Recently someone I hadn’t been in touch with for more than 20 years found me on Facebook and suggested we "reconnect." But if we really wanted to "reconnect," whatever that means, we might have done so at least once during the previous two decades. That’s how I feel about The Standard coming back: it’s too late, it’s pointless, its time has passed. The new site should rise or fall on the basis of its own achievement, not on those of an entirely different team a boom and a bust ago.

(later posted to Radar)

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Tuesday, January 29, 2008

Jill Sobule rules

It's about music, it's on my work blog: A rare post about the music industry that isn't completely depressing

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Edward Tufte on the iPhone

I've been an enormous fan of the work of Edward Tufte for decades. His notions about density of content are extremely relevant in this age of information overload, and he has just released a video in which he evaluates what works and what doesn't on the device of the moment, the Apple iPhone. Before I give you the link, I should emphasize that the Quicktime file is enormous and may take many minutes to download, but its insights and presentation make it worth the wait. It's here.


Tufte iPhone

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Friday, January 25, 2008

Jimmy Guterman's Jewels and Binoculars: new (and, perhaps, improved) 2008 edition

Hello to both of you who've waited for this humble weblog to return. I'm going to try something different this year. As those closest to me know, structure and I are not close friends. Everything reminds me of something else, which reminds me of something else, which ... well, you get the idea. No structure. If I'm going to stick to blogging for more than a little while this time, I suspect it will be only if I create a structure that encourages me to post here almost every day. And a different topic every day keeps this blogger unbored.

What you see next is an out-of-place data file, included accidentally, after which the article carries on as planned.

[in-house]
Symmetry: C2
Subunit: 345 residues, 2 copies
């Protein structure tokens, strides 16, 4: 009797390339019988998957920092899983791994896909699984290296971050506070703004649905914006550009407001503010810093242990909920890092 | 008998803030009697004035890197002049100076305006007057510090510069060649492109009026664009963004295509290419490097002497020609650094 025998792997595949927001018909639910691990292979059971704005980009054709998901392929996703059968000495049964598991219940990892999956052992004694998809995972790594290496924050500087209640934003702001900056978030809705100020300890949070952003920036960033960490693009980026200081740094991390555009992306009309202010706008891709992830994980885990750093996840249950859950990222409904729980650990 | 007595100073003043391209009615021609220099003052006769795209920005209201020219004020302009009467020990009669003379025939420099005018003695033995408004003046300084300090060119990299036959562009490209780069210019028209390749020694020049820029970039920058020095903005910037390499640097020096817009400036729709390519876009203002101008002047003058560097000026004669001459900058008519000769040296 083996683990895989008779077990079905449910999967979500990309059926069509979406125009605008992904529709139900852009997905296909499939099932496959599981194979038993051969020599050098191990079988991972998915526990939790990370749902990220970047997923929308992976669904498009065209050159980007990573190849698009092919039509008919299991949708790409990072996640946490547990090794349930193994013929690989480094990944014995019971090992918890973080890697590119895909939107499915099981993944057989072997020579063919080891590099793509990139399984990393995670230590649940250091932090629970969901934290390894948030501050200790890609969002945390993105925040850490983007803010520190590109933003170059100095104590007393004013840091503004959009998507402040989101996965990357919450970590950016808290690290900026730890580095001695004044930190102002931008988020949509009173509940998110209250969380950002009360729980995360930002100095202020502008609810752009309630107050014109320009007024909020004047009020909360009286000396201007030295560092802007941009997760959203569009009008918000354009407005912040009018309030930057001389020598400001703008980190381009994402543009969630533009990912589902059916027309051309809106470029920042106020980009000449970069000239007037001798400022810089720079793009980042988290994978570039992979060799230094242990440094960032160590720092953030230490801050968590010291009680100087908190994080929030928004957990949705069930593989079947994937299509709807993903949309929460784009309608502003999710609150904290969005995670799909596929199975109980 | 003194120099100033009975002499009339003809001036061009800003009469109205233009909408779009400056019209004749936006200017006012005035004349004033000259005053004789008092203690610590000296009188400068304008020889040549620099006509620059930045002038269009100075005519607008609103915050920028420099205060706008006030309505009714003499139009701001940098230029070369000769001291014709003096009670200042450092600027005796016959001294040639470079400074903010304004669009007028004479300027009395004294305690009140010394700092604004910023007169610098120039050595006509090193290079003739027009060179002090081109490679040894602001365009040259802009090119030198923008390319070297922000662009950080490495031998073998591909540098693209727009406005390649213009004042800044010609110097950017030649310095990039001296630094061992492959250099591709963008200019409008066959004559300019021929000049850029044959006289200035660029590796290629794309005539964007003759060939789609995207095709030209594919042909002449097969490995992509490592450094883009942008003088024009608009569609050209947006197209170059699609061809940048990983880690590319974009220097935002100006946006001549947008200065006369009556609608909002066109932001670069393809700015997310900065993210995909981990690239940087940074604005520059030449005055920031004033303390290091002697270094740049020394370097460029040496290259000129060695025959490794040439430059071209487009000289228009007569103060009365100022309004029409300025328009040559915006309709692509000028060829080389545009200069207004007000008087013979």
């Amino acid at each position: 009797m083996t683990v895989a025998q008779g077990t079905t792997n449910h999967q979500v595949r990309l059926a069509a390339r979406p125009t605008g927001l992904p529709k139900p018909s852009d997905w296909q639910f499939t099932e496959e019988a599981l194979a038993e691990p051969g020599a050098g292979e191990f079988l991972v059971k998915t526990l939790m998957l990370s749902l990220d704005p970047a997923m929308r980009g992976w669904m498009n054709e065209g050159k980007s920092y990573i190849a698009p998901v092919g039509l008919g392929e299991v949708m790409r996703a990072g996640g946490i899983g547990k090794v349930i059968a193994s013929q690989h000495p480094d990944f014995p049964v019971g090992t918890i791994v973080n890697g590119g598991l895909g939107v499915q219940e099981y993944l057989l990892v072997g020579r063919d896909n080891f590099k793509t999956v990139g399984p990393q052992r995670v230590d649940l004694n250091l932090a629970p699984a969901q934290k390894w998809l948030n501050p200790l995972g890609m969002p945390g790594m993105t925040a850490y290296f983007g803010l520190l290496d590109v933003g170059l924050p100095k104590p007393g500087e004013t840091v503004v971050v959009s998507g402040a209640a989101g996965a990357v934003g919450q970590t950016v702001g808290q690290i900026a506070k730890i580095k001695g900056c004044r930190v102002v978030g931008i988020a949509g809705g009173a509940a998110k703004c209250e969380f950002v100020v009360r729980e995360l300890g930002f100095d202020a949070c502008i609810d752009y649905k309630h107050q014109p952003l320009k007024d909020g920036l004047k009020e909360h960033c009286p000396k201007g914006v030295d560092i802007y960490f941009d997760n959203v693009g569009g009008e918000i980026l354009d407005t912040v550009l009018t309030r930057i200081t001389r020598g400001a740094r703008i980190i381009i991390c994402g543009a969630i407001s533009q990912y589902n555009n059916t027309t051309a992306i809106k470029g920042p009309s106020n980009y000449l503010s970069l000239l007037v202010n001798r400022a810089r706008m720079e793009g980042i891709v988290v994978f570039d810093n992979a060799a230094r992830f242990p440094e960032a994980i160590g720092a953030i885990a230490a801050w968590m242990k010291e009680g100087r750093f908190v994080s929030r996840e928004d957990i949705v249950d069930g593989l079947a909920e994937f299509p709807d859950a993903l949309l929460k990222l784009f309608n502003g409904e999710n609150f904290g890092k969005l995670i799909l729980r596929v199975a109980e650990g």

So, here's the structure that I'm going to attempt:

Every Monday, I will post about Cooking. [insert pause for laughter.] Yeah, I know, but hear me out. When I look at the things about myself that I want to improve, cooking keeps coming up at the top of the list. Partly it's because I'm a lousy cook (married to an adventurous, imaginative one) and I want to become a better one. Partly it's because my failure in the kitchen often feels like a metaphor for other failures in my life. Just as last year my cryptic decision to post sentences here from my novel-in-progress helped me focus on writing every day, I'm hoping that chronicling my disasters and occasional successes in the kitchen will keep me focused. The possibility of public embarrassment remains a powerful motivator.

Every Tuesday, I will post something Work-Related. The vast majority of my writing these days is for my work at O'Reilly (and, to a much lesser degree, Harvard). On Tuesdays, I'll post something related to what I actually do for a living.

Every Wednesday, I will post the latest Greatest Song of All Time of the Week. No further explanation necessary.

Every Thursday, I will post something related to the Novel-in-Progress. They may be sentences from the work (currently, but tentatively, titled The Rock Star Next Door), they may be complaints about the process, they may be lessons I've learned.

Every Friday, I will post nothing, probably, because Man was not meant to blog with the weekend coming so soon.

Random Crap can appear any day, as it is, er, random.

I will also tag each post, to make searching by topic easier, and to help anyone coming here who wants to peruse, say, the music posts but none of the cooking posts.

Seeya Monday...